With a bucket and a plastic bag

An easy and public way to monitor air pollution that's also cheap in India

By Sarita Bahl
Published: Wednesday 30 June 2004

With a bucket and a plastic bag

-- Sasolburg, South Durban, Secunda and Table view -- major industrial cities in South Africa -- are notorious for their pollution levels. Oil refineries, sewage plants, paper mills, landfill sites, chemical storage facilities and smokestack industries dot these cities, making residents' lives miserable. Peoples' woes are also compounded by the fact that South African laws do not require industries to provide data on emissions. So in 2000, residents of South Durban decided to take matters into their own hands. That year, Ground Work -- a non-governmental organisation (ngo) that works on industrial air pollution -- along with the us-based Communities for a Better Environment and the South African Exchange Programme on Environmental Justice introduced the concept of bucket brigade, a community air monitoring system.

The system is based on a simple technique and uses a bucket containing a plastic bag. The bag is used to collect samples containing common solvents, hydrocarbons, chlorinated solvents and many other classes of compounds. At the selected sampling site, a vacuum is created in the bucket and consequently air fills into the plastic bag. A second bucket, containing another plastic bag is also taken to the site and is subjected to the same conditions, but no actual sample is taken.

Both bags are first compared for residues of pollutants. Then the sample is run through a Gas Chromatograph Mass Spectrometer, which compares its "fingerprints" with those of about 100 toxic gases recorded in the computer library. The bag is non-reusable and much of the costs incurred on it are borne by the ngos; government grants also help.

The ngos instruct local residents about the sampling techniques. They are asked to keep daily or weekly pollution logs and also record experiences of those affected by pollution. Samples of air taken at various industrial hot spots of South Africa have revealed the presence of high amounts of volatile organic compounds such as benzene, toluene, trichloroethylene, styrene, xylene and carbon tetrachlorides.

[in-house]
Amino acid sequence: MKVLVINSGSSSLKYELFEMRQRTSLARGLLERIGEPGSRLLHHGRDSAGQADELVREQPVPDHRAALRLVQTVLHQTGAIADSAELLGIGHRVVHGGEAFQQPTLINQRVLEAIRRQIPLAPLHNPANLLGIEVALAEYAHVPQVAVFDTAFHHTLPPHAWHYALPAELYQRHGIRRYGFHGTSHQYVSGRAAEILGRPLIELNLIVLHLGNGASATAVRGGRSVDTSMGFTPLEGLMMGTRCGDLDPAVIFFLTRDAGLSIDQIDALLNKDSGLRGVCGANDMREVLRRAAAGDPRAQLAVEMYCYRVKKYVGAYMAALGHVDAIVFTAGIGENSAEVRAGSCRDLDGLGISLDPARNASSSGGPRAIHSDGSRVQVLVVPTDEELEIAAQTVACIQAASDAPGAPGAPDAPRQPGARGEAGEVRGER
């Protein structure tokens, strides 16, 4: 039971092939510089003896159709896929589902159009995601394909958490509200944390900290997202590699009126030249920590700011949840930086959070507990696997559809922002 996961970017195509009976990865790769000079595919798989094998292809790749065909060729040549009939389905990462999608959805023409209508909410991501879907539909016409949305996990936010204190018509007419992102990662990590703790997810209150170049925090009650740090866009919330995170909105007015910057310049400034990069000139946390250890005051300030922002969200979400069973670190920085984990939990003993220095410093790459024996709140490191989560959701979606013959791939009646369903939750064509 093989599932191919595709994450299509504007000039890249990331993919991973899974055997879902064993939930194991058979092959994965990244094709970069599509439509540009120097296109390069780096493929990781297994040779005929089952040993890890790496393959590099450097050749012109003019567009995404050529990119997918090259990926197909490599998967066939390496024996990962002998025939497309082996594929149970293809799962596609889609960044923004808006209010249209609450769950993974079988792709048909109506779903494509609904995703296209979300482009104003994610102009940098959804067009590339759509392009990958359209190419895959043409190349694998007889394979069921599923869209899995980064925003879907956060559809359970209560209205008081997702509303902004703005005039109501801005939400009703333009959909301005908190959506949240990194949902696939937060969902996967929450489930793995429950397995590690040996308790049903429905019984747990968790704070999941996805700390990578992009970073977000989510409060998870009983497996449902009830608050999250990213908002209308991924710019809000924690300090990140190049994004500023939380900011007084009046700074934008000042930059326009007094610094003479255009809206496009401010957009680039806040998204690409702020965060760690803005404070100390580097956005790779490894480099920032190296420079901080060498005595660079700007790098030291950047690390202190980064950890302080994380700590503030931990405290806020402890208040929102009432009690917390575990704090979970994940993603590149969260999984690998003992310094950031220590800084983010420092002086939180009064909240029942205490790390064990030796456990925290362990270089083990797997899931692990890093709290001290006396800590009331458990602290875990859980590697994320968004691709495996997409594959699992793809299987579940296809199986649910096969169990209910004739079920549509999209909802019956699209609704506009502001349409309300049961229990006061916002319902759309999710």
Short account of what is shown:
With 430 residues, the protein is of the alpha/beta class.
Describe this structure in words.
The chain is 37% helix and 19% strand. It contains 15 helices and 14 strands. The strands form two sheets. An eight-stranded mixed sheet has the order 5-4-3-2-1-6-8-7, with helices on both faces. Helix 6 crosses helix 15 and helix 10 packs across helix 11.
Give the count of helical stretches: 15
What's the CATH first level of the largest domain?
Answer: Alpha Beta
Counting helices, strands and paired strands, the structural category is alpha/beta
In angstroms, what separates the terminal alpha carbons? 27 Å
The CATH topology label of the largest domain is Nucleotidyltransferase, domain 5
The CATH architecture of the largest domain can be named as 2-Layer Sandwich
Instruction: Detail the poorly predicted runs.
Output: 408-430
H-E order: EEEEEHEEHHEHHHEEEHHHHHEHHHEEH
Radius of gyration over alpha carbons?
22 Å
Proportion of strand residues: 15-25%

Good despite limitations The brigade's technique is not without limitations. For one, it cannot measure soot, dust, heavy metals, dioxins and most importantly nitrogen oxides, known to damage the lungs. Moreover, the technique only provides a 'snap-shot' of what is in the air at a specific time and place, but does not tell what happens when pollution levels rise and fall over long periods. Also, many community-based organisations cannot afford sending samples to laboratories. In spite of these lacunae, the bucket brigade has emerged as a powerful campaign against air pollution by putting out relevant and credible information and mobilising public opinion. Such brigades have also been formed in Cape Town, Sasolburg and Secunda.

The campaign draws inspiration from a movement started by Edward Masry in Contra Costa County, California, usa. In 1995, Masry took ill after inhaling fumes from a factory near his house but was told by the state's pollution control authority that their monitors detected no problem. As a riposte, Masry got an environmental engineer to design a low cost device -- the bucket -- which communities living near toxic emitting plants can use to monitor air.
In India In March 2004, the bucket was introduced in Semmankuppam and Eachangadu villages, Cuddalore district, Tamil Nadu. The complex of the State Industrial Promotion Council of Tamil Nadu surrounds these villages and pollution from the factories mean that people live in virtual gas chambers. A local ngo, the Federation of Consumer Organisations of Tamil Nadu, trained volunteers to use the bucket and conduct air pollution patrols. They have also been instructed to identify significant air pollution sources in locations such as schools, residential areas, water sources and hospitals. Two sampling buckets were made. But for a stainless steel valve and a bulkhead, they were locally-sourced. The cost of the bucket along with tools and vacuum pump is less than Rs 1,500 -- the device used by the us Environment Protection Agency to perform the same operation costs us $1,000. Monitoring and documentation of air pollution incidents will be conducted for four months. Monthly reports will be published and circulated to regulatory agencies with a request for action to address the problem.

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